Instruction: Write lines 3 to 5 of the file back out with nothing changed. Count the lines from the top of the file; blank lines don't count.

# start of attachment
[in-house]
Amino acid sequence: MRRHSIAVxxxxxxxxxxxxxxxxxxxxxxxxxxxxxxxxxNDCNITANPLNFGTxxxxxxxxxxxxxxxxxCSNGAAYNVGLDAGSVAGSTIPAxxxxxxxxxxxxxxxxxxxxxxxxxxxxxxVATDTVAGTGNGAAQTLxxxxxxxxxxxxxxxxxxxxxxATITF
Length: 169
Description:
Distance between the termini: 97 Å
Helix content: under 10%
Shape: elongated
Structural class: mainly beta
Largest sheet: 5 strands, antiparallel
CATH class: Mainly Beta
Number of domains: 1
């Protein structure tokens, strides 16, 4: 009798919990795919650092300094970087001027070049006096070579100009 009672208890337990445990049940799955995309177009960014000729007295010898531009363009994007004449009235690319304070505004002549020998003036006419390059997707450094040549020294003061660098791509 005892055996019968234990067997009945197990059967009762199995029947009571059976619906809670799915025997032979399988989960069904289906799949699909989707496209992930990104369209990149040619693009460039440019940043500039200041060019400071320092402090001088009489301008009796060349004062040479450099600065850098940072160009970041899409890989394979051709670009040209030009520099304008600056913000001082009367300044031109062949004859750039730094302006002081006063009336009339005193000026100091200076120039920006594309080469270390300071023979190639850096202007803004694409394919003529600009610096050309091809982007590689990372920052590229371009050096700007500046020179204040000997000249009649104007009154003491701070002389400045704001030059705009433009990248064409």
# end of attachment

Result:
Length: 169
Description:
Distance between the termini: 97 Å